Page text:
Biden Now Says Fighting Inflation ‘Is A Key Reason Why I Ran for President’

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When Joe Biden announced he was running for president on April 25, 2019, he said he was motivated by the gathering of “white supremacists and neo-Nazis” in Charlottesville, Virginia — “their crazed faces illuminated by torches, veins bulging, and bearing the fangs of racism.”

Biden said then, and he’s said it many time since — he was running for president “to restore the soul of the nation.”

But on Thursday in Los Angeles, Biden said the cost of living “is a key reason why I ran for president.”

Oh, really?

In April 2019, year-to-year inflation was running at a low 2.0 percent. When Biden took office in January 2021, it was running at an even lower 1.4 percent.

But shortly before Biden spoke on Thursday, the Bureau of Labor Statistics announced that year-over-year inflation was 8.2 percent. This past June, under Biden’s watch, inflation reached 9.1 percent, the highest rate since 1981.

But on Thursday, Biden indicated that price inflation has been a persistent problem, pre-dating his own tax-and-spend agenda.

“Before I begin, let me say a few words quickly about today’s report on inflation,” Biden said. “Americans are squeezed by the cost of living. It’s been true for years, and folks don’t need a report to tell them they’re being squeezed,” Biden said.

“Fighting this battle every day is a key reason why I ran for President of the United States.”

Biden repeated that a lot of Americans are “hurting.”

“Today’s report shows, though, some progress. Overall, inflation was 2 percent over the last three months. That’s down from 11 percent over the prior three months. And that’s progress.

(It’s also fudging the numbers, using month-to-month inflation data because those numbers are lower than the 8.2 percent year-to-year figure.)

“But a lot of it is the result of getting the cost of living at the gas pump down by more — now even in California now — by more than a dollar nationally and — since the start of summer.  And there’s a big difference for working folks,” Biden said — even as gas prices have been rising.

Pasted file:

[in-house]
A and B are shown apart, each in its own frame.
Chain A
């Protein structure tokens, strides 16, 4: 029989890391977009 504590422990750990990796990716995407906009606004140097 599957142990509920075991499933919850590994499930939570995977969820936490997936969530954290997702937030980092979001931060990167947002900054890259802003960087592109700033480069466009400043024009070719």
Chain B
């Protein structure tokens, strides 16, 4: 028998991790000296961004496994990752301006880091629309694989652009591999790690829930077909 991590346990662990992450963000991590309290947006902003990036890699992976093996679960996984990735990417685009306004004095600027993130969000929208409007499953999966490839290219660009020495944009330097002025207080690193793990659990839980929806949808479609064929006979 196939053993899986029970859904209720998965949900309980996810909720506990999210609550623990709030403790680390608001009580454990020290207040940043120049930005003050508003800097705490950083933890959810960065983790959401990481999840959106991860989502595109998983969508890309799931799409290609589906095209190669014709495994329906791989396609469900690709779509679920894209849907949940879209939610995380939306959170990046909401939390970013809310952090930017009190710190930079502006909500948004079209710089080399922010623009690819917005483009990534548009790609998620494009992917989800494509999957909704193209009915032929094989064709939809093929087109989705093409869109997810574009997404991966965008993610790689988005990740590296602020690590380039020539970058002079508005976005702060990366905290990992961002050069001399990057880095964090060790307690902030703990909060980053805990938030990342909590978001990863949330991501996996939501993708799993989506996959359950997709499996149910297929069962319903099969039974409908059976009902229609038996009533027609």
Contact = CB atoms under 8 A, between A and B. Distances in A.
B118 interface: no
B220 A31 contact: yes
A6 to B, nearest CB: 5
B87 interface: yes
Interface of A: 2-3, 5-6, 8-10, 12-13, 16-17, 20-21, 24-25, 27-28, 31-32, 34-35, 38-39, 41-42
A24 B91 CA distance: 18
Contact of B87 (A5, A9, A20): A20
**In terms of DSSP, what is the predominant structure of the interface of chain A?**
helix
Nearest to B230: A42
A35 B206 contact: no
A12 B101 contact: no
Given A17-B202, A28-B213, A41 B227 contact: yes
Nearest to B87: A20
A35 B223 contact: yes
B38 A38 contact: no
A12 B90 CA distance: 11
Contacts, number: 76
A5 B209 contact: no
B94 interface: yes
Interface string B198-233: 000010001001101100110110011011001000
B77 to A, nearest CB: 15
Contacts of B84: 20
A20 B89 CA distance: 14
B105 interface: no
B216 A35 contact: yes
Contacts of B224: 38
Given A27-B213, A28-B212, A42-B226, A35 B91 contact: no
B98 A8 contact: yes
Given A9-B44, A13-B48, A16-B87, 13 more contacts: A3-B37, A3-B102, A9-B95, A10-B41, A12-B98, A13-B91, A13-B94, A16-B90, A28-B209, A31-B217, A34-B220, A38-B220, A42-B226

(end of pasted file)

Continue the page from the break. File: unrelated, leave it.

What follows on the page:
“But the price of gas is still too high,” Biden agreed, “and we need to keep working to bring it down.  I’ll have more to say about that next week.

“We also need to make more progress bringing down the prices across the board. That’s why I just couldn’t disagree more with my Republican friends who say that the biggest problem in our economy right now is that working folks are making too much money.”

No, Republicans say Democrats are spending too much money: More money chasing fewer goods accelerates inflation.

But Biden said the biggest inflation drivers are “global inflation and the pandemic and Putin’s unconscionable invasion of Ukraine.” So things outside his control, in other words.

Biden touted his so-called Inflation Adjustment Act, which is mostly a green energy bill, with a few goodies thrown in to make its repeal unpalatable to those who benefit from it.

It does cap prescription drug prices for seniors and it does reduce the cost of insulin for diabetes patients as well as health care premiums for some Americans.

Biden and his fellow Democrats insists that lowering those costs will offset the soaring cost of food, energy, and shelter.

“Here’s my final point,” Biden said on Thursday. “We’ve got an election in a month. Voters have to decide.

“Democrats are working to bring down the cost of things and — that are talked about around the kitchen table, from prescription drugs, to health insurance, to energy bills, and so much more. We’re standing up for working people and their right to get a raise and get a better job.

“Republicans are campaigning every day on an agenda to raise your costs…”

Here Biden suggested that Republicans, including Sen. Rick Scott, want to put Social Security and Medicare on the chopping block.

Even the Washington Post gave “four Pinocchios” to Sen. Patty Murray over her claim that “Republicans plan to end Social Security and Medicare if they take back the Senate.”

(Scott’s plan says all federal legislation should sunset in 5 years — that if a law is worth keeping, Congress can pass it again. He also wants Congress to issue a report every year telling the public what lawmakers plan to do when Social Security and Medicare go bankrupt.)

Biden told his fellow Democrats, “If Republicans win, inflation is going to get worse. It’s that simple.”

And if Democrats win — will inflation get better?

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